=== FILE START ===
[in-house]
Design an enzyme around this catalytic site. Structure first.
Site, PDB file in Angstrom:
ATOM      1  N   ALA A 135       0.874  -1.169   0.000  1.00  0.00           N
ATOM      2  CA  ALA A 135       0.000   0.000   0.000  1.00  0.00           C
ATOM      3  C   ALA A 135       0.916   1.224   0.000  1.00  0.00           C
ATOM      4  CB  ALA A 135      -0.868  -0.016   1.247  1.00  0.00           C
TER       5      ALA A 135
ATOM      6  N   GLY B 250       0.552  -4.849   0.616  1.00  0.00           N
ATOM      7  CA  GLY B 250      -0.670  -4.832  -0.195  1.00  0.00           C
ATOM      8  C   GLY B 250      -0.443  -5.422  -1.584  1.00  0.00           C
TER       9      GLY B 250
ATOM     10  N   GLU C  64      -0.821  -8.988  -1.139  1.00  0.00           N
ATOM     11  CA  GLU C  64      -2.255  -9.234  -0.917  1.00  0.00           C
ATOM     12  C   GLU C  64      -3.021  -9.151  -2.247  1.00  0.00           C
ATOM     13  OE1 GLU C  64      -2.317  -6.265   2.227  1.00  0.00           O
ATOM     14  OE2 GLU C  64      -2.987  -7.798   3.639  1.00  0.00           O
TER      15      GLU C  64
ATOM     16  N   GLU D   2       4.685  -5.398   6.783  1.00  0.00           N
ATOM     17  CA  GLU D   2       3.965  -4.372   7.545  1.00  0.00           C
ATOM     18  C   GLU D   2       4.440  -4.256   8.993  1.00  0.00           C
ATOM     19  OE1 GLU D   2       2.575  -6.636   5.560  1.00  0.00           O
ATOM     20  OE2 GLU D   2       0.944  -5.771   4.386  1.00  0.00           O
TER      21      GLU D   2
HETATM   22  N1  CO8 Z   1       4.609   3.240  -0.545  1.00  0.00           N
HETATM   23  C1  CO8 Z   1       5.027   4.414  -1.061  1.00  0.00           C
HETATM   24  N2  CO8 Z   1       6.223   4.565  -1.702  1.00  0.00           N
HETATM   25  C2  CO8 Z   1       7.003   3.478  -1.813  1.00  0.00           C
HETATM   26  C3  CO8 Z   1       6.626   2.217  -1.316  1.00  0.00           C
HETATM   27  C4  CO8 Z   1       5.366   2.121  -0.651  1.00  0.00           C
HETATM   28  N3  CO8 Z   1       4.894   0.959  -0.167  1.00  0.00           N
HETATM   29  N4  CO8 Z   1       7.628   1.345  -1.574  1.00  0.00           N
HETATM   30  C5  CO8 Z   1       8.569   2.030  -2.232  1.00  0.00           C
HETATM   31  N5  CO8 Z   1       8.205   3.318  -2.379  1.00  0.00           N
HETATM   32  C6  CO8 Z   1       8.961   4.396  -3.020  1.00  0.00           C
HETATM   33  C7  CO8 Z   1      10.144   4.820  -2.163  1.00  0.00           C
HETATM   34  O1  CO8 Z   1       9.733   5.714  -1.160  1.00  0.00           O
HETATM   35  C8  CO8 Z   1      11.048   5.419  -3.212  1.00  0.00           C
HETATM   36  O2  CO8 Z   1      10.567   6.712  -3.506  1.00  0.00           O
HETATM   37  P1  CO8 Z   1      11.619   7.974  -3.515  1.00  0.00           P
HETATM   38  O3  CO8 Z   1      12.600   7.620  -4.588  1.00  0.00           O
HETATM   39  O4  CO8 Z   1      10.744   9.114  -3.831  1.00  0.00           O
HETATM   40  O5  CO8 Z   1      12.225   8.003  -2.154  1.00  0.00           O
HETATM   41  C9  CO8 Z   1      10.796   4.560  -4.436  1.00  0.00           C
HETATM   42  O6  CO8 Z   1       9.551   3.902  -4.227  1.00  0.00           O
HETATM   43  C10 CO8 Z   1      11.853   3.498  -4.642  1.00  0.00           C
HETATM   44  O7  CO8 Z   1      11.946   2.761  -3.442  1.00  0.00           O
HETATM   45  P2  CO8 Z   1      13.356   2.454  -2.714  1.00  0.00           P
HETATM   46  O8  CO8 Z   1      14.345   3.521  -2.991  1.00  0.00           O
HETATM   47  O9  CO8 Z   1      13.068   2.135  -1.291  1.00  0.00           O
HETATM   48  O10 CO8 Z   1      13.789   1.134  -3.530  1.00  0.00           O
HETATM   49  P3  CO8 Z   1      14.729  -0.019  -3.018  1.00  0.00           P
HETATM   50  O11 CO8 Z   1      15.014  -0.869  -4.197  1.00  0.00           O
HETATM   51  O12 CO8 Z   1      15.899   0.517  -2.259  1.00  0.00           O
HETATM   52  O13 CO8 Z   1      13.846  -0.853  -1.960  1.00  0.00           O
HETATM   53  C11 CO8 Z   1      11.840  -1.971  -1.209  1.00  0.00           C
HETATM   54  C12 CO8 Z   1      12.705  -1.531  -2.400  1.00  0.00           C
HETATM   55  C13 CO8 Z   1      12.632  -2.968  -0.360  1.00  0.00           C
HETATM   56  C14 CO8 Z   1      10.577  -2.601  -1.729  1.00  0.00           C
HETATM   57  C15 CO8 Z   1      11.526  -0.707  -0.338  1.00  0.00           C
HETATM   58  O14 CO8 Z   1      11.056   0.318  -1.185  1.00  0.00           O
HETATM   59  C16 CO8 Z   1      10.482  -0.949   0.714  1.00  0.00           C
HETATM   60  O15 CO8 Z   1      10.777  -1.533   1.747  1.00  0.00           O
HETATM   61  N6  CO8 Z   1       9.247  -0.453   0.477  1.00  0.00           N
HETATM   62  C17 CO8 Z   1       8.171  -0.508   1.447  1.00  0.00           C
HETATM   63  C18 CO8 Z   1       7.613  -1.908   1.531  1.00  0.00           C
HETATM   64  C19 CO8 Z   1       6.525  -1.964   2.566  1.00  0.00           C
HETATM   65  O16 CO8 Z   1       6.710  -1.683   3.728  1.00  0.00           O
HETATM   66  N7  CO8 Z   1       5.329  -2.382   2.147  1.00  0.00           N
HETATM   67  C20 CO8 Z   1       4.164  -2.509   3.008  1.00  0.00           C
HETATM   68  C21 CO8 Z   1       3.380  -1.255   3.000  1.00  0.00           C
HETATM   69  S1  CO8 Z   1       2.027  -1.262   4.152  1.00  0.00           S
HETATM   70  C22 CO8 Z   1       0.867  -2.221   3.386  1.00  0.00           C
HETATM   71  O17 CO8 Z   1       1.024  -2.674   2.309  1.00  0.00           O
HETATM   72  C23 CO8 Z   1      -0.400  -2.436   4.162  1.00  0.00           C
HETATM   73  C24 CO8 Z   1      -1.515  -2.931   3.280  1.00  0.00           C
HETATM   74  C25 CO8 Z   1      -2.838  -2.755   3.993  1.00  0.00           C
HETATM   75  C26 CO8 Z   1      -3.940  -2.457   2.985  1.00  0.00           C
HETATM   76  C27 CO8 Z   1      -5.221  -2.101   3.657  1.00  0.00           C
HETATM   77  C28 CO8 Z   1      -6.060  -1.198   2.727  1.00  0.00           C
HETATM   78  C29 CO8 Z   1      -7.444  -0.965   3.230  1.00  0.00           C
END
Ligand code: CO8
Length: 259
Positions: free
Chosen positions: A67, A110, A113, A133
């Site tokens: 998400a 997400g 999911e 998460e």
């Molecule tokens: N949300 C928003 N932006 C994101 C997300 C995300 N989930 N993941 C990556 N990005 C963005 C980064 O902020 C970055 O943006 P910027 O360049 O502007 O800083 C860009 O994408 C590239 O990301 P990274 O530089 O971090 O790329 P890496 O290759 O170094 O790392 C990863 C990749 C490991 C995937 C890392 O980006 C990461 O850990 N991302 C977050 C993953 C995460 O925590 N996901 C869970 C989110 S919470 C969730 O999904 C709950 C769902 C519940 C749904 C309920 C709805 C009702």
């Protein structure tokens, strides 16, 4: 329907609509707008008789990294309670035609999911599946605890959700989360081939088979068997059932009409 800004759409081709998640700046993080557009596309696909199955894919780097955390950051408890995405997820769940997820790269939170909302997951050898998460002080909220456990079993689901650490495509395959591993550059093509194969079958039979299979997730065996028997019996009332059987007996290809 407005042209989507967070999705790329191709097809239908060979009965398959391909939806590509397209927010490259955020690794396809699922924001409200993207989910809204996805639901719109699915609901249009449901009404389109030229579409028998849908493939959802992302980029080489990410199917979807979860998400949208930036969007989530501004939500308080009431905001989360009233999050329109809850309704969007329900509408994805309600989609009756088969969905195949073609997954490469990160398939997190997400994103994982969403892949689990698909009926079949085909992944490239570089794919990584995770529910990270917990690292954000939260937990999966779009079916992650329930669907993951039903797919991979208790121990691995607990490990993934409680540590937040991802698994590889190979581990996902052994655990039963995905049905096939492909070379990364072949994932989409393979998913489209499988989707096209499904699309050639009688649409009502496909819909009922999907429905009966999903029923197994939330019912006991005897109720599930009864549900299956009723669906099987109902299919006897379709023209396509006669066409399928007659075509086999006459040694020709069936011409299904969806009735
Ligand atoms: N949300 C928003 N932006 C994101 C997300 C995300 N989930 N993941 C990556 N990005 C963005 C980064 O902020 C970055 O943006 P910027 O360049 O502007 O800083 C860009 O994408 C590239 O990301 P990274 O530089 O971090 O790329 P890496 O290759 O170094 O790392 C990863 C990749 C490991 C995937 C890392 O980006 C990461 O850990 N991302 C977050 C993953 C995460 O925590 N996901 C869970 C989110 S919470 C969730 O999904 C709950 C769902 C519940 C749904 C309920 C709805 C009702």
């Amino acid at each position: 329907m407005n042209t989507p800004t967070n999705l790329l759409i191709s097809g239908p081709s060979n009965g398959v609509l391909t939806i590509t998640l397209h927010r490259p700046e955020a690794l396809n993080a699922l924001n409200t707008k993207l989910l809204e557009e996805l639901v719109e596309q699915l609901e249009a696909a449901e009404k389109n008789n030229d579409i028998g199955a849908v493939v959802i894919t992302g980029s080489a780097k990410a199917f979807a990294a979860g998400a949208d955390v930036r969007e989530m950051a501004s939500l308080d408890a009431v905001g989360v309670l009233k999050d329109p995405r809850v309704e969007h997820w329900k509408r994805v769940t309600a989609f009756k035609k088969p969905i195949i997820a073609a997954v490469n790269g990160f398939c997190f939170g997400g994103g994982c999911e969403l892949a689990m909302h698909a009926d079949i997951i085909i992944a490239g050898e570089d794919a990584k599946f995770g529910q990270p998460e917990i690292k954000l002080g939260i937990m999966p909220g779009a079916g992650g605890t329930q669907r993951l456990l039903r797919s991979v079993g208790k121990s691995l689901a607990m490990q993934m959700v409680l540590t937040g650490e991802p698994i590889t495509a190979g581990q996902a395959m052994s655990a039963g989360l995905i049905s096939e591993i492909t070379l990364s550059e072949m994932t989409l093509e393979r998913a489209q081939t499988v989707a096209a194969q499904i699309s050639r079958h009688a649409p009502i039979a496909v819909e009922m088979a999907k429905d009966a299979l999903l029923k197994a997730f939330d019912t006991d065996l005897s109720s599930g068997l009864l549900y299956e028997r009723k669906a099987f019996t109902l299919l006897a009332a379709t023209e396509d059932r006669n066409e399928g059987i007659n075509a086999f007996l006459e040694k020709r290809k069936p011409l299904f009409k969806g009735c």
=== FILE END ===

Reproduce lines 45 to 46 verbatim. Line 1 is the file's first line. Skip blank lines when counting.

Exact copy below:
HETATM   42  O6  CO8 Z   1       9.551   3.902  -4.227  1.00  0.00           O
HETATM   43  C10 CO8 Z   1      11.853   3.498  -4.642  1.00  0.00           C